Originally we had planned for giant birds, tortoises and sea creatures to greet audiences on Beverley’s streets, but instead now all of the festival activities are linked to the theme in some way. Some activities teach people how to make animal puppets; others ask audiences to collect and use materials from their gardens, and one even shows people how to make a potato marionette monster! We hope that during these difficult times, the festival theme keeps nature and the environment at the forefront of people’s minds and if they are unable to get outside at the moment they are at least bringing a little bit of nature into their households through these activities.
Will Beverley Puppet Festival go ahead in its usual format at a later date?
We have repurposed all of our secured funding to deliver the online version of the festival. For this reason, as well as team members being involved with Moving Parts: Newcastle Puppetry Festival on alternate years, the next live Beverley Puppet Festival will be the 10th edition in 2022.
Although the online festival is unchartered waters for our festival team, we have been looking at the change as an opportunity to develop the event for future years. For instance, we are still printing a brochure of the 25 activities on offer but rather than distributing these nationally and regionally as normal, we are focusing on our immediate geographical audience by sending them to every single household in the Beverley area and surrounding villages.
We’ve used the time to develop a festival app (available through Apple App Store and Google Play Store) so that people can access puppetry content easier and quicker, and we hope to repurpose the foundations of this app for future live festivals. We’ve explored new ways to improve our festival image and branding, such as commissioning artist Rachael Horner to design the front cover of our brochure rather than using a photograph. Rachael’s beautiful design is a real-life collage of a pop-up toy theatre which we hope will inspire audiences to get involved in the activities on offer. To help us deliver this online adventure we have also brought on a new team member Rachael Jones as a Digital Specialist to train the team up and help us reach as many people as possible.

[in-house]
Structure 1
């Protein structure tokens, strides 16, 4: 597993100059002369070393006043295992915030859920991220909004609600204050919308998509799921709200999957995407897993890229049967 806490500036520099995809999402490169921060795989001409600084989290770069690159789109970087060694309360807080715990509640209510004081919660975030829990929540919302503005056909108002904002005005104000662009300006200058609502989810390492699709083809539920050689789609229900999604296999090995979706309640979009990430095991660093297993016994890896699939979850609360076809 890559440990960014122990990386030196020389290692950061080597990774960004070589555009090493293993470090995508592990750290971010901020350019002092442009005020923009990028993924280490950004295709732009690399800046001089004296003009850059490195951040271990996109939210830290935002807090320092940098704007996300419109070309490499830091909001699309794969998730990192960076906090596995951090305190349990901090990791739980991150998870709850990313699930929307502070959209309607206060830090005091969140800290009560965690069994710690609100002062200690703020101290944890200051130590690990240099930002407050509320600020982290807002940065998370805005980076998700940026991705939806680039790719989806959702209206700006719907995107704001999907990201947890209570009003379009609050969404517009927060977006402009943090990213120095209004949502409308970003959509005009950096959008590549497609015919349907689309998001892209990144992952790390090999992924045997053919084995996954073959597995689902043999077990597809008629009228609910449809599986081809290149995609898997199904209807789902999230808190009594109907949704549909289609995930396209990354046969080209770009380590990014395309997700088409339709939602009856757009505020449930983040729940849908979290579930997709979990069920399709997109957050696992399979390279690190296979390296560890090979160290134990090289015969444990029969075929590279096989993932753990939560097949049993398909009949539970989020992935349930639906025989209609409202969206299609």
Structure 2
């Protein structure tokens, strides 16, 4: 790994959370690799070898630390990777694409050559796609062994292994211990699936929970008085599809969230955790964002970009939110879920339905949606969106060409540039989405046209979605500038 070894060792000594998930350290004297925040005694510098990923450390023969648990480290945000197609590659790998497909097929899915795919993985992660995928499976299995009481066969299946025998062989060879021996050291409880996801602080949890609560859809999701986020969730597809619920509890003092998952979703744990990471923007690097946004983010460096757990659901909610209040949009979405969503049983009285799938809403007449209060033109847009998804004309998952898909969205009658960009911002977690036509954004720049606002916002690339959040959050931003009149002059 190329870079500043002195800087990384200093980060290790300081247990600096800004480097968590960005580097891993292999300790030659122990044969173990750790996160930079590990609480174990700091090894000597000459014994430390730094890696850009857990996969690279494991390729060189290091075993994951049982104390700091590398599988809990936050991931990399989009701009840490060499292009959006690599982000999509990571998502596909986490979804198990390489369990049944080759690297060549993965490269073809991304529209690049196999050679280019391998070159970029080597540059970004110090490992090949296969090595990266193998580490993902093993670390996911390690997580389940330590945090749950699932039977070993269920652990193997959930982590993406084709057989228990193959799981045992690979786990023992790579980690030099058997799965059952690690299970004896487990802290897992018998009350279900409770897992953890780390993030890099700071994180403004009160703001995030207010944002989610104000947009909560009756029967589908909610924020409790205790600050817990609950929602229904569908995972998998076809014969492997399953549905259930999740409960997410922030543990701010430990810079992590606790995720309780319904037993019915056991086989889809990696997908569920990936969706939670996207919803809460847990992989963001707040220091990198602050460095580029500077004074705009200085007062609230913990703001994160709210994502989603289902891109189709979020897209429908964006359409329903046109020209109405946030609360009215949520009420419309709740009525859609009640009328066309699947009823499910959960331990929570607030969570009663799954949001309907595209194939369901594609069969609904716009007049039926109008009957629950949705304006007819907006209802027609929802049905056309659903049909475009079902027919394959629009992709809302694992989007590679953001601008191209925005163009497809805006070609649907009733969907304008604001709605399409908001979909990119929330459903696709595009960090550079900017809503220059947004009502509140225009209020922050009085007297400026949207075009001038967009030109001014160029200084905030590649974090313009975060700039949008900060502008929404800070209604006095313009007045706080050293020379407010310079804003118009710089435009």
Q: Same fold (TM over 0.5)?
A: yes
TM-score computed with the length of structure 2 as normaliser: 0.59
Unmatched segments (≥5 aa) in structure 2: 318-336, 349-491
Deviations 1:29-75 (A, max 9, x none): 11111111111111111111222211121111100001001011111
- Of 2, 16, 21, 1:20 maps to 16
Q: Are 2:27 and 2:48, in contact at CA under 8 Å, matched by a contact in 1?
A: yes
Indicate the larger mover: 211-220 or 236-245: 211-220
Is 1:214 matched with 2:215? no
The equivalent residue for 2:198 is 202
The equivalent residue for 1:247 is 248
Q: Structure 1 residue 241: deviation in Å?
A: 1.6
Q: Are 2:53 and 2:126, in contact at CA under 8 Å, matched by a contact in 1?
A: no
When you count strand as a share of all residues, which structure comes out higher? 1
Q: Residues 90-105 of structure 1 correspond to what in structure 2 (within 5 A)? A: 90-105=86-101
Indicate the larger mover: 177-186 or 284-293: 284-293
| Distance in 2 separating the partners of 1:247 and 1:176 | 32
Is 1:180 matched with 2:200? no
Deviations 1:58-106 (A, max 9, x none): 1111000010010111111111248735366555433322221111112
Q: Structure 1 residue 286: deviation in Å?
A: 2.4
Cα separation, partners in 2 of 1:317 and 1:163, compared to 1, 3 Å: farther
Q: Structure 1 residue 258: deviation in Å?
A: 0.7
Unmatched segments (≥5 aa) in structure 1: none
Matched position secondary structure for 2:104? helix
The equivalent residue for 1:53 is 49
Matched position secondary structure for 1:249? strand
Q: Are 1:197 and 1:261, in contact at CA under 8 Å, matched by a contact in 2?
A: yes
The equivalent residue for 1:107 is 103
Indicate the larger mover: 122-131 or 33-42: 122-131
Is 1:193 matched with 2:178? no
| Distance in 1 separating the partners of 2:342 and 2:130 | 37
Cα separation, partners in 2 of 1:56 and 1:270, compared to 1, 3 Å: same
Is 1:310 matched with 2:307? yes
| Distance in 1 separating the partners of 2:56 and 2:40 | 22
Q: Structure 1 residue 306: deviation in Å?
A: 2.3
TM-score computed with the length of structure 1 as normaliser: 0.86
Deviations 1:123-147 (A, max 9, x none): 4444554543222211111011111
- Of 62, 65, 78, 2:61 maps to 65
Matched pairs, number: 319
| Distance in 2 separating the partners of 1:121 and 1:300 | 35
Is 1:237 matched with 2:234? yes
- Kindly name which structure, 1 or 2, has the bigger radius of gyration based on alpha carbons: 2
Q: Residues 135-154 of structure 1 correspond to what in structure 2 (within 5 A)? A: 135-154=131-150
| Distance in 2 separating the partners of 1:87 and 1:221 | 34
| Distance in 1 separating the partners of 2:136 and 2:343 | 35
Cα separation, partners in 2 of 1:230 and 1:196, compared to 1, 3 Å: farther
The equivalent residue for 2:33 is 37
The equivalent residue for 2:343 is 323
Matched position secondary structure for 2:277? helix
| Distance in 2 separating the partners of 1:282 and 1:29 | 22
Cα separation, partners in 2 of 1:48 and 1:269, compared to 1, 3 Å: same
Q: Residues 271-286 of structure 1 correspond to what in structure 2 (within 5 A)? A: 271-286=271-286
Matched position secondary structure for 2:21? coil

Do you think the restrictions to our way of living due to Covid-19 could influence a new way to experience live puppetry in the future?
We have to keep positive and obviously the ideal will be that after this is all over live puppetry and other arts events can go back to normal as soon as possible. Although putting the festival online is an exciting adventure for us and our audiences, we will be thrilled to deliver the festival as normal again in 2022 – but maybe with some additional digital elements that we wouldn’t have thought of including before!
That being said, we will emerge after the Covid-19 crisis into a different world and no one knows what that will look like yet. Arts funding (in England and Wales at least) is currently in flux with necessary emergency grants being given but resulting in rolling Project Grants coming to a halt. This will affect puppetry and arts organisation in 2021, unless rolling Project Grants are reinstated very soon. For instance, unless Project Grants are reinstated by September 2020, Moving Parts: Newcastle Puppetry Festival will not be able to happen as planned in April 2021. Adaptation is key though and in the case of the latter we will push the festival back to October 2021. There is also concerns about people not buying lottery tickets in the current climate which may affect arts funding and more worrying, a potential ‘hangover’ after lockdown of audiences not wanting to attend live events for a lengthy period of time.
Puppetry, as with other art forms and lots of different industries, is having to adapt to the situation. It is brilliant seeing lots of puppeteers putting up activities and performances online around the UK and internationally. People are coming together more than ever before across social media and with puppetry being a primarily visual art form, puppetry will withstand the current challenging circumstances. But we must fight it together – watch puppeteer videos, share knowledge, look at festival programmes, support organisations and artists in need. We will get through it and puppetry will be stronger on the other side.
The festival is live NOW until 12 July and the full festival programme can be downloaded at www.beverleypuppetfestival.com You can also follow the festival and find more information on their facebook page @BeveryleyPuppetFestival and their twitter account @Bevpuppetfest.